The symphony opened with a solemn idea on the strings that was followed by a violent outburst from the brass and percussion, leading to the strings introducing a vehement passage hinting at an alluringly attractive theme, which became increasingly assertive on the woodwind. This promising theme was disrupted by an eruption of fortissimo trombones and trumpets heralding a march-like theme as the percussion, piano, and the two timpani fashioned an exhilarating culmination.
Dallapiccola’s opera is a narrative of love, hope and freedom with an underlying political and social message, which Petrenko calls ‘relevant’ in today’s world, yet although the opera is based on Spain during the Inquisition, this opera is about the 1930s, and the war. Dallapiccola based his opera on August Villiers de L’isle-Adam’s story Torture Through Hope. An adherent of twelve-tone music, Dallapiccola wrote in specific twelve-note sequences of tone-rows for each of the opera’s themes of love, hope, and freedom which frame the musical text.
In this concert performance, the opera’s prologue opened on the brass, and strings in a dramatic idiom, Ekaterina Semenchuk – in a very emotional characterisation – sings of her son awaiting death in a far-off cave, and in a dream-like sequence, a dialogue developed between the mother and her son, in which the Prisoner (Wolfgang Koch) sings of his fear of death, he tells her the Gaoler (Wolfgang Ablinger-Sperrhacke) gives him hope, and the Gaoler tells the Prisoner, ‘There is someone who watches after you.’ In a wondrously moving passage, the choir sang beautifully accompanied by the organ creating a heavenly sound.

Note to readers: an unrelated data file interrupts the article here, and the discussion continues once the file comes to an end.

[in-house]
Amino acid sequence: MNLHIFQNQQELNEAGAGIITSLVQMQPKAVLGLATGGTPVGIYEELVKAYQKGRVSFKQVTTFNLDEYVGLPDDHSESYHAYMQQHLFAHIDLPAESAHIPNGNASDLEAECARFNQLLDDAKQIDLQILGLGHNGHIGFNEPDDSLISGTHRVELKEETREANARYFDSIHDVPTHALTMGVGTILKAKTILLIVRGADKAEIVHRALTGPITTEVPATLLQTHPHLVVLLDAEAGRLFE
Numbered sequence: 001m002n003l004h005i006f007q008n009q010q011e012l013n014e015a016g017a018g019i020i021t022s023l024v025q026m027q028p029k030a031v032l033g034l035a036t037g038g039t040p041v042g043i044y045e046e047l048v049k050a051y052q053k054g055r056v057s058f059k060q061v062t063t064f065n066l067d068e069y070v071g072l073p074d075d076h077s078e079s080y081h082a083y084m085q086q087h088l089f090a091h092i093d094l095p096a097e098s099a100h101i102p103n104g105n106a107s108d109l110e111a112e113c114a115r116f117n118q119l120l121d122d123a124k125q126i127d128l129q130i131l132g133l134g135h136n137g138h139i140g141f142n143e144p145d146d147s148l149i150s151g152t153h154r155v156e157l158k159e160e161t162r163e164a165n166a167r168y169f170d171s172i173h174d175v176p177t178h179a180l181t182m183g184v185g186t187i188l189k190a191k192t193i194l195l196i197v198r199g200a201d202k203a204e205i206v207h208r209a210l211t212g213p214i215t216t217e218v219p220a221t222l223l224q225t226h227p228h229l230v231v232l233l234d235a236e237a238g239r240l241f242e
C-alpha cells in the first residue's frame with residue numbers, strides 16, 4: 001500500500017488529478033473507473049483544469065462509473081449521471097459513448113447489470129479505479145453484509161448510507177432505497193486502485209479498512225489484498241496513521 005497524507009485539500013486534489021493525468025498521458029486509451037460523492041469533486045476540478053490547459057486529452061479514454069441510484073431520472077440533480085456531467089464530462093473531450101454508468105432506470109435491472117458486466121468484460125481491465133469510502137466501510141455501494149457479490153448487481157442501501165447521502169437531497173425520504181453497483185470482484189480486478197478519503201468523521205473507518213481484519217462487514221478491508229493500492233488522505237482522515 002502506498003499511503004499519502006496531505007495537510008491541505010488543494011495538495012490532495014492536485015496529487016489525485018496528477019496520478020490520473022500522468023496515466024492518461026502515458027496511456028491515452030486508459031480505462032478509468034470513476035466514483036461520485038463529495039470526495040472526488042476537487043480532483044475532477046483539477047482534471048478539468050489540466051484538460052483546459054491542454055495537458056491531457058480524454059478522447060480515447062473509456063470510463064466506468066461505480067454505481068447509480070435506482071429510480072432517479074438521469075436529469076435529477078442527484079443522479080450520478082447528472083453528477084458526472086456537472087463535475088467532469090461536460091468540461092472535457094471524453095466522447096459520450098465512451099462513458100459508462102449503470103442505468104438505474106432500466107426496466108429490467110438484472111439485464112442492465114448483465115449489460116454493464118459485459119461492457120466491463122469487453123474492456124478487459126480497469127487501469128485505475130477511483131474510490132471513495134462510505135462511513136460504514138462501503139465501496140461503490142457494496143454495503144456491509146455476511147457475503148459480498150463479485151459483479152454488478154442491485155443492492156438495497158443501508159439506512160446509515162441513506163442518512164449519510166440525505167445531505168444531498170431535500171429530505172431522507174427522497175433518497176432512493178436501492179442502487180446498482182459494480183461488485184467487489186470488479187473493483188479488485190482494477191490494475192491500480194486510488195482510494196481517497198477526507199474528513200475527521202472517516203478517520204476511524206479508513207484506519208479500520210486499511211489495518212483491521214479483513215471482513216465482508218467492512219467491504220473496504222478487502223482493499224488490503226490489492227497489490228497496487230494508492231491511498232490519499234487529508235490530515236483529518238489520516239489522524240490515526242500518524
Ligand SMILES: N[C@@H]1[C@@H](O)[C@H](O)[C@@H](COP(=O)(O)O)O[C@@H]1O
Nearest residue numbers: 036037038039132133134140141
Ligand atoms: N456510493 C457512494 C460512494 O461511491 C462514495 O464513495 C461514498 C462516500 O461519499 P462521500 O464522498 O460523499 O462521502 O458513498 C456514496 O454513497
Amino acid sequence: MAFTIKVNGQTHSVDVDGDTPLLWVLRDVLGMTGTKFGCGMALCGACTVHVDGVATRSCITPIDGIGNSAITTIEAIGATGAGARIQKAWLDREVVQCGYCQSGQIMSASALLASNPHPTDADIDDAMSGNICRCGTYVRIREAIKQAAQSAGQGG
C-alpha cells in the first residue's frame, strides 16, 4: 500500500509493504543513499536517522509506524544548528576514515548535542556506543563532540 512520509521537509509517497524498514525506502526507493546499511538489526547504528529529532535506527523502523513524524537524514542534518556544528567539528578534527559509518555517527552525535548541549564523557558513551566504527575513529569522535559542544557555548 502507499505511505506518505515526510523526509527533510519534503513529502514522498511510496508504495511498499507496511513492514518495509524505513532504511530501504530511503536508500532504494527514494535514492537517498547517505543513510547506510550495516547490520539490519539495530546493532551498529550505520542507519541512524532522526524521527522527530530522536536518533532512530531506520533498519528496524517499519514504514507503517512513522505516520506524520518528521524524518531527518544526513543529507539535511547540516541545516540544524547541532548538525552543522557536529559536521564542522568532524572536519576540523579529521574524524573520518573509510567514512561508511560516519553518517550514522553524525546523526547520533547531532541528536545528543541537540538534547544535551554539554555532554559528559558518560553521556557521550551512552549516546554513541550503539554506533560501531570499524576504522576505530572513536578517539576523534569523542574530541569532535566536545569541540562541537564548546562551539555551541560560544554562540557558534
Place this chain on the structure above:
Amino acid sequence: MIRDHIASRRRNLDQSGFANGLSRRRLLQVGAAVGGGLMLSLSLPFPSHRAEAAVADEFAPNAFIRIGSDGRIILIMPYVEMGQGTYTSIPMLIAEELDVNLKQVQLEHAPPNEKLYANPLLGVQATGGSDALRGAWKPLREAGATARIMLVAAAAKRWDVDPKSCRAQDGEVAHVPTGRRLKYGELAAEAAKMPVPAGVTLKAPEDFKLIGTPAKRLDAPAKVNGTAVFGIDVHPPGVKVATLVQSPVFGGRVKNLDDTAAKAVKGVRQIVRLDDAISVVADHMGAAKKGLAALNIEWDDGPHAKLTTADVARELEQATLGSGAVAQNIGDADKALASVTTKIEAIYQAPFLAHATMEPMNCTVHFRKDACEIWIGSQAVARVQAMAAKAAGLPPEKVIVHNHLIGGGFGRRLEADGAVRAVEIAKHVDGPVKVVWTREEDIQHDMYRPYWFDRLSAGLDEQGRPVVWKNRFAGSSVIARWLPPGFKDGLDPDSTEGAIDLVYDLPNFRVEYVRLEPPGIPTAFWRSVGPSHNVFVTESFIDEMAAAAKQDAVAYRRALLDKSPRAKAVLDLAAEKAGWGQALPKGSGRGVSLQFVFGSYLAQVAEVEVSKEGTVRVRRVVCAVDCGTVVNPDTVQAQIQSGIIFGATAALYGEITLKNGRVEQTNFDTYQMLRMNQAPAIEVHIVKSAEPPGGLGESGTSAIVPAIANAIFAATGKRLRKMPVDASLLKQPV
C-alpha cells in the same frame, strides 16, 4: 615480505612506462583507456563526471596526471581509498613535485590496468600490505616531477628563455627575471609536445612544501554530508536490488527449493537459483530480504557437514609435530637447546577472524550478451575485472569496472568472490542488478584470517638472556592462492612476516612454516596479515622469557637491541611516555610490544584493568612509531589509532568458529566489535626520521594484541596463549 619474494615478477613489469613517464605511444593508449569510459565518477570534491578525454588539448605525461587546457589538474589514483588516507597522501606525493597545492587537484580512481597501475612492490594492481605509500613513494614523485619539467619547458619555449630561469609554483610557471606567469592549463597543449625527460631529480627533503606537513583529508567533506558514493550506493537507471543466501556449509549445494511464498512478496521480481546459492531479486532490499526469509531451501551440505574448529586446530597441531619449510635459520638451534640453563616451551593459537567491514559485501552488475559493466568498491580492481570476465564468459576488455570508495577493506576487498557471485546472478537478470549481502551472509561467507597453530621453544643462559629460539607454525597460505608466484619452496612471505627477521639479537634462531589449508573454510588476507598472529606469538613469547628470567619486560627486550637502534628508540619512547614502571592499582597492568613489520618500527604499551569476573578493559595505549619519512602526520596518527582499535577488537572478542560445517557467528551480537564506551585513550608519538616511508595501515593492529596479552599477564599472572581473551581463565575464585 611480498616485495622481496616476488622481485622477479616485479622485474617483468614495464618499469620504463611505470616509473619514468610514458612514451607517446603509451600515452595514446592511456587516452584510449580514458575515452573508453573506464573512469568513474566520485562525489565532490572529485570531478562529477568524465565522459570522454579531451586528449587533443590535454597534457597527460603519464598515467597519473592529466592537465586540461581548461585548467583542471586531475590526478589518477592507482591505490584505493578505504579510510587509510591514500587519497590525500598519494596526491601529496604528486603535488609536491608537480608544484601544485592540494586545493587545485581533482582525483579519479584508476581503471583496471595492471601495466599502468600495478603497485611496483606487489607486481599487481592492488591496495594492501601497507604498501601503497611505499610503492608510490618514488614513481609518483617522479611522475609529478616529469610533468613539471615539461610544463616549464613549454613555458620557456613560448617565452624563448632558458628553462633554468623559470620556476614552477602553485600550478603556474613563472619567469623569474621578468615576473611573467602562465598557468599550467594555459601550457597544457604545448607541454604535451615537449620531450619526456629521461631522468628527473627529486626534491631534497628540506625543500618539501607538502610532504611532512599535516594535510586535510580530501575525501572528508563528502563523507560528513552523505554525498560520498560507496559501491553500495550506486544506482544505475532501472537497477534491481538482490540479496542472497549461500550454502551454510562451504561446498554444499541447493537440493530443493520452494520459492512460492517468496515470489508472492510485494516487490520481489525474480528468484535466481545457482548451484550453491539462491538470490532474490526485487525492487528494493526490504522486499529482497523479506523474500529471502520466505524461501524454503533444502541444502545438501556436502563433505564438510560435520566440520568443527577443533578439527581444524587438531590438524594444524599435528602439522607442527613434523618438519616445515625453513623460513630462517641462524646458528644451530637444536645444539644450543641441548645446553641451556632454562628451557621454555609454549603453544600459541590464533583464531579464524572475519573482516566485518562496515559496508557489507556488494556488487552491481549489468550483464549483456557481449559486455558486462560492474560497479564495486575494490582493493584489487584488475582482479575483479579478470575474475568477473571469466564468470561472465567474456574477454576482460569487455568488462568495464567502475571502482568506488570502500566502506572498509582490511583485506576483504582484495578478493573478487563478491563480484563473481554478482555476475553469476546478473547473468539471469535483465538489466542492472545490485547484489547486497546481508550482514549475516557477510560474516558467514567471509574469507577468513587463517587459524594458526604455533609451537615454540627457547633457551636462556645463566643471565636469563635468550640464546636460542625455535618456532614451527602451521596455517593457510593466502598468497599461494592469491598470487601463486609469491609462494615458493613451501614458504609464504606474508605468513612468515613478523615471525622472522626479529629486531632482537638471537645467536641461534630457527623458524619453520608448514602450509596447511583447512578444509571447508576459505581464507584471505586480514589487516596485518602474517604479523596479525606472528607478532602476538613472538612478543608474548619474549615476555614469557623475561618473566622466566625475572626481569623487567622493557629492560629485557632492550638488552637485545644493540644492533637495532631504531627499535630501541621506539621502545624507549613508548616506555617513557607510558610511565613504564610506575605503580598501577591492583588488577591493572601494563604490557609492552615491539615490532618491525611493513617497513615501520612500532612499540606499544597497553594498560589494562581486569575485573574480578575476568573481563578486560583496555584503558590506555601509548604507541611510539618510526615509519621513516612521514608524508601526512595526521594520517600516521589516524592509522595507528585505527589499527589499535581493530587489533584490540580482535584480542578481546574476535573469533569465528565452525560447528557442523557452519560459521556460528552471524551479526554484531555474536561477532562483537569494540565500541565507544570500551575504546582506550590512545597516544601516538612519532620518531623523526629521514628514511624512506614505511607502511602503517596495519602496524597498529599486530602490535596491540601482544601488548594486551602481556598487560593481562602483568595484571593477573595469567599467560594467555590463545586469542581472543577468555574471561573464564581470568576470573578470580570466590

The Prisoner is allowed to escape through a door into a garden where he meets two monks who are engaged in prayer and who ignore him, he meets the Grand Inquisitor, who takes the form of the Gaoler, who now tells him he will get salvation only through death. The Prisoner sings of his beloved word ‘Fratelli’ – for him, nothing is more important than friendship. As the Prisoner is about to meet his death, there was a beautiful passage on the two harps and strings, and the singing of the choir accompanied by the organ and tubular bells and the Prisoner’s singing ‘Liberte’ closes this tragic operatic masterpiece.
Ablinger-Sperrhacke’s characterisation of the Gaoler/Grand Inquisitor was outstanding with almost every phrase bearing a threatening warning, and in the central role Koch’s Prisoner was superbly acted and sung, as was that of Mother by Ukrainian mezzo-soprano Semenchuk. The roles of the priests were performed commendably by Caspar Singh and Oliver Boyd.
This was an exhilarating concert of three twentieth-century composers all of whom are connected by a common effort to portray the struggles and problems of their time – yet with quite different means and musical styles. The three works were performed here with great mastery and sensitivity by Petrenko and the remarkable Berlin Philharmonic Orchestra, and the Berlin Rundfunk Choir, bringing to a close this remarkable 2022 Musikfest in Berlin.